Curated by Renee Moorefield, CEO of Wisdom Works Group
and member of the Advisory Board for the Global Wellness Institute

“No one has ever become poor by giving.”
—Anne Frank

In your pursuit as a wellness leader to create a world free of preventable disease,
you have a resource at your disposal that’s easily accessible, abundant,
and free: the contagious power of giving.


Faiths have long taught that giving—without expecting anything in return—is vital to a life of wholeness, as well as to our evolution as human beings. In Hinduism, charitable acts of giving are integral to karma yoga, the path of selfless service. Zakat (or charity), the Third pillar in Muslim tradition, is crucial to the wellbeing of the needy and the wealthy alike, and giving is foundational to the Bahá’í as service to humanity. In Christianity, acts of gratitude and giving are avenues to self-transcendence. And in Buddhism, dana, generously giving without any strings attached, is one of ten perfections or qualities that lead to a state of awakening.

When it comes to body and mind, engaging in altruistic giving ignites a “strong neurological network comprised of multiple regions of our brain that can over time transform the way we behave and socialize with others.” Our kindness is chemical, physiologically stimulating the healthy release of dopamine, oxytocin, and serotonin and enabling us to experience a glow of wellbeing, as well as a deeper sense of belonging and connection. Giving gratefully is also linked with biological correlates of health (e.g., less rise in our blood pressure when we face stress), less anxiety, depression, anger, and sleep challenges, as well as greater longevity, happiness, and health. Giving is also positively contagious; when people experience kindheartedness, they are more likely to pay it forward to others.


When we truly give, we tap into humility, a deep knowing that our lives are full of privilege and abundance and we want to extend that to other people and the planet. As a demonstration of wellness leadership, your organization can be a tool for giving strategically. And there is tremendous need—from clean water and food equity to gender inclusion and social justice. Sharing a portion of your revenues, rallying employee volunteerism, and leveraging your relationships for a worthy cause are excellent examples of giving as part of your business model and impact.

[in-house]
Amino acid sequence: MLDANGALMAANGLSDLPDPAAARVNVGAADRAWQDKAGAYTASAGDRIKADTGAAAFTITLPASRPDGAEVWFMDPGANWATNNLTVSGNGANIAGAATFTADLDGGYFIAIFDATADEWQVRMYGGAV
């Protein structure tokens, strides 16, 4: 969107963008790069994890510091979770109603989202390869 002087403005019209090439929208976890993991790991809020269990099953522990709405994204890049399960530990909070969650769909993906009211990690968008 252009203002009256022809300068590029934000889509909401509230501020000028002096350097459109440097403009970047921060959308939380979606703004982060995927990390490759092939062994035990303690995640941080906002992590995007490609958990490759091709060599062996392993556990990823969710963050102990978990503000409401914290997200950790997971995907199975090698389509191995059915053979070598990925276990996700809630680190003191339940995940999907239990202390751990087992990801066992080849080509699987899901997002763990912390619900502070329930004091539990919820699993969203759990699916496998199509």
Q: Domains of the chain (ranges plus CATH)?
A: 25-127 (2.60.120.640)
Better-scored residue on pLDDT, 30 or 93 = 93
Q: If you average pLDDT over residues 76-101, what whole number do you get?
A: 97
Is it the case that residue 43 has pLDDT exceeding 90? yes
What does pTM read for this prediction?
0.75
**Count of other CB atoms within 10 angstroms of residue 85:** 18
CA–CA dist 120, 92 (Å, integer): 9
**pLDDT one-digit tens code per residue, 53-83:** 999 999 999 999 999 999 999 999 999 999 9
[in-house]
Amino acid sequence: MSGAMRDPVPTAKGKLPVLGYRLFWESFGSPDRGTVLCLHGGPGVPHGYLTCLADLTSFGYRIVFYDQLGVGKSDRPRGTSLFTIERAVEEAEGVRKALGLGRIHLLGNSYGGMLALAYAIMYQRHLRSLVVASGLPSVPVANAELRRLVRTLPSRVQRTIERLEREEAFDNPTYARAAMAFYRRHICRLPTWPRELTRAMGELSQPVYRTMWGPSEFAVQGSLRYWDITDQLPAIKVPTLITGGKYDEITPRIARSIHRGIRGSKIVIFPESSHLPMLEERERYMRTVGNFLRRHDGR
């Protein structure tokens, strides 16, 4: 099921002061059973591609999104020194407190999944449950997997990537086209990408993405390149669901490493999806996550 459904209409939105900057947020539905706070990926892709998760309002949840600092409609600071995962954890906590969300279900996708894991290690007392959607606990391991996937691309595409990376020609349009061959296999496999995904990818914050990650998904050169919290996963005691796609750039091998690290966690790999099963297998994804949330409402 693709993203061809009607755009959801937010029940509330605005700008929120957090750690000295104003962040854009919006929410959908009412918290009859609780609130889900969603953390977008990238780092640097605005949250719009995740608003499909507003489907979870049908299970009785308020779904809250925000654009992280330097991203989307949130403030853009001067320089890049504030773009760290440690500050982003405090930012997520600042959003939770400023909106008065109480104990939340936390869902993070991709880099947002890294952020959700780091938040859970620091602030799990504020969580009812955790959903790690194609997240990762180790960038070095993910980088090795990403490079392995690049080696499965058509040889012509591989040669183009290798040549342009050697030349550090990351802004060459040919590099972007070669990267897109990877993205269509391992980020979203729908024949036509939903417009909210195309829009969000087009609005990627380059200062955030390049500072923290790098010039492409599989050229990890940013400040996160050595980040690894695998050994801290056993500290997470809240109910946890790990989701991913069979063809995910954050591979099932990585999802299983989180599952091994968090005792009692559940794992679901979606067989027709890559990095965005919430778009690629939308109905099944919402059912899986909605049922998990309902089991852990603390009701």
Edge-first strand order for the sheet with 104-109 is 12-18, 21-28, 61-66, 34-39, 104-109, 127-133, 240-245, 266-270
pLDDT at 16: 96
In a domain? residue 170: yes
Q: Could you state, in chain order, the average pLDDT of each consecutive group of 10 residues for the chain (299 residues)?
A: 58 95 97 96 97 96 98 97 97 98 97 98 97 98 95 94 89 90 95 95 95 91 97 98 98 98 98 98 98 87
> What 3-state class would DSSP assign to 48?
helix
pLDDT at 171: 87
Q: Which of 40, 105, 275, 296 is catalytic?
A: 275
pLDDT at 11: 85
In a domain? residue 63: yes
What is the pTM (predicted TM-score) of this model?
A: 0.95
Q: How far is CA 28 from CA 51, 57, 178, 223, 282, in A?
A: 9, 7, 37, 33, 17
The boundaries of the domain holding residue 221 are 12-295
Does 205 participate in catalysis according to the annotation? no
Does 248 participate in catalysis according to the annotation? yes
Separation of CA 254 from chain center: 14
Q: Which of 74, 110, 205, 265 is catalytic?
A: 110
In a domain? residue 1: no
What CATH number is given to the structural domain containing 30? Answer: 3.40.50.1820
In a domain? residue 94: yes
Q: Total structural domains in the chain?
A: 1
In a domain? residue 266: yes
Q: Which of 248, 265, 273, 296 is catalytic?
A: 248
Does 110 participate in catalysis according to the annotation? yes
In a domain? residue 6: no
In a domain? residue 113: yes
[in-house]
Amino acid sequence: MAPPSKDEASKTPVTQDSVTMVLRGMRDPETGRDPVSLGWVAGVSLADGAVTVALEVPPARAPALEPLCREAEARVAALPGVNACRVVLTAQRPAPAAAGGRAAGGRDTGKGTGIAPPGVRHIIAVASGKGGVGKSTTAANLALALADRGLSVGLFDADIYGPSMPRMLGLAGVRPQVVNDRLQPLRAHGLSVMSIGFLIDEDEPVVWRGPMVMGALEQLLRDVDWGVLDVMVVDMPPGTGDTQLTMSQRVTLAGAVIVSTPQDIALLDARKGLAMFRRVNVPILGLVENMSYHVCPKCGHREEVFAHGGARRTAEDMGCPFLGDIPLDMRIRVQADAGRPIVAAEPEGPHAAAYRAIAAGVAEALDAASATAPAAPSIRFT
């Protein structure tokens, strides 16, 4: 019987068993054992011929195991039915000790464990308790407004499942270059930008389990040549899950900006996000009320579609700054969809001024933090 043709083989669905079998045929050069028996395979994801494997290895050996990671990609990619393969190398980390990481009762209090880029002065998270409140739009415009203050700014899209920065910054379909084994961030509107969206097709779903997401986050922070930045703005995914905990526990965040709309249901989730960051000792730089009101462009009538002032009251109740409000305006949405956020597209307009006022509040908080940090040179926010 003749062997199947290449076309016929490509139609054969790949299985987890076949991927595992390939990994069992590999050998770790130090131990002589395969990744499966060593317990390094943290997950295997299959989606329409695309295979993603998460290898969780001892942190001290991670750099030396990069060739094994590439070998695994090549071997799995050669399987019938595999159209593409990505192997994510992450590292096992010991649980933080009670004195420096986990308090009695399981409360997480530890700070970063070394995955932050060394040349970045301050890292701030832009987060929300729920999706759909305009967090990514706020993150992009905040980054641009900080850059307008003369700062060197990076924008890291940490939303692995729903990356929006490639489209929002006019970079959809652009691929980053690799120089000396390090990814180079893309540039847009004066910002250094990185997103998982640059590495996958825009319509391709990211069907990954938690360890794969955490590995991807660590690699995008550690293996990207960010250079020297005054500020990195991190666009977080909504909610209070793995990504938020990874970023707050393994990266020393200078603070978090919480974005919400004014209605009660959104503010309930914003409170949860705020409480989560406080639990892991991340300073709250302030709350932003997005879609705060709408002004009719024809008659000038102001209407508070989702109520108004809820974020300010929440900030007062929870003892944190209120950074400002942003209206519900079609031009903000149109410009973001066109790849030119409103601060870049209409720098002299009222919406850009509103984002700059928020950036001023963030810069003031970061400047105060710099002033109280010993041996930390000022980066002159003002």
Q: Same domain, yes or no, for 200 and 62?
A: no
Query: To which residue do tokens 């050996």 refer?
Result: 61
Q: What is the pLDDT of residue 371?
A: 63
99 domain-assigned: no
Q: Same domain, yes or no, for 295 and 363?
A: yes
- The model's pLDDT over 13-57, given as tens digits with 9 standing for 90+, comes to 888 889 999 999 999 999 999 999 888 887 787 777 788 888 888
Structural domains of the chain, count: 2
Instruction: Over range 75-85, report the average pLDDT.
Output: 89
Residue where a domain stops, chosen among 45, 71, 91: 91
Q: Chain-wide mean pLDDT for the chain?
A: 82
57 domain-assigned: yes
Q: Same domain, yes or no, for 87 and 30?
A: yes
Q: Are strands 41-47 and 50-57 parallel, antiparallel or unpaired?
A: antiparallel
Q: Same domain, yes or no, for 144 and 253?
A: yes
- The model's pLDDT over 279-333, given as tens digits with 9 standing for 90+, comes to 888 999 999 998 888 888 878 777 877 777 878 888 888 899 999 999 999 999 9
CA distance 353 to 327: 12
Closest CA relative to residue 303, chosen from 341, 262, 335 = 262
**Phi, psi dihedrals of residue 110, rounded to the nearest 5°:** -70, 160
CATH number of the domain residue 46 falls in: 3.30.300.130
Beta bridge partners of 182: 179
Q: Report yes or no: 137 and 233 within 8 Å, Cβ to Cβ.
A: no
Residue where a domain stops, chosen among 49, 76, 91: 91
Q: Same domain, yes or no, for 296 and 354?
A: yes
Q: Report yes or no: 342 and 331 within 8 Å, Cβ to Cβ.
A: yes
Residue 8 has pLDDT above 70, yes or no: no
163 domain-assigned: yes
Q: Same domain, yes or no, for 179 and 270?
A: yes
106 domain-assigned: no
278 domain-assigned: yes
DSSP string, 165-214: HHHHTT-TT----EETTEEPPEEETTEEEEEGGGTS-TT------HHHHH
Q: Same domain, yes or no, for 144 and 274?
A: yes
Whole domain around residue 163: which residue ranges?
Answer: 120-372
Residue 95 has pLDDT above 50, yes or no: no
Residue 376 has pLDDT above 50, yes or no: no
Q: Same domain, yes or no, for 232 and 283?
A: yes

As a wellness leader, every moment is an opportunity for giving, too. For most of the people you touch on a day-to-day basis, the best gifts aren’t money or things. They are the intangibles, such as being heard, respected, valued, and accepted. Experiment with these moments of giving to enhance wellbeing in your team and organization—as well as within yourself:


  • Give your gratitude. When we give gratitude to others, we recognize that we live and work in relationship. There is little that we think or do that is solely on our own. Say “thank you” not just for a job well done, but for how people show up fully and work together to create a thriving, inclusive culture that uplifts everyone.
  • Give your presence. This is about mindful attention, simply being in the moment with receptivity, openness, curiosity, and engagement. It’s about real listening, using your whole being as an instrument of awareness. And it’s about vulnerability, putting your pretenses aside so that you build deeper connections with others. When you give your full presence, you gain, too; as artist Mary Anne Radmacher says so well, “As we work to create light for others, we naturally light our own way.”
  • Give the gift of quiet. In our noisy world, quiet is a rare commodity. Within a team meeting or a community meal, lead one of these breath practices or pause for a moment of silence. This simple act invites people to more deeply connect with themselves so that they show up more fully in their lives and work.


  • Give yourself space. Take time each day to check in with yourself from a place of compassion and self-love. In this judgment-free zone, you can gain fresh perspective on your life and work. And you may even discover adjustments you can make that better serve your wellbeing.
  • Give yourself respect. How? Be honest with yourself about who you are and who you aren’t. Identify and nurture those activities that bring you alive—whether it’s how you eat, move, learn, play, or any other thing—instead of letting others define that for you. Whenever possible, choose relationships at work and at home that are nourishing rather than depleting. Like every human being on this planet, you are worthy of dignity and respect—make sure you are giving that to yourself.


The Wellness Moonshot: A World Free of Preventable Disease community is a space in which all of us can learn from each other’s wisdom and experiences. Share a story on social media with #wellnessmoonshot about how you GIVE within your wellness leadership; we’ll spread your inspiration worldwide! 

Next month, we’ll explore what HONOR means to effective wellness leadership! Until then, check out each of these Wellness Moonshot articles from past years with invaluable insights and strategies for your wellness leadership journey.


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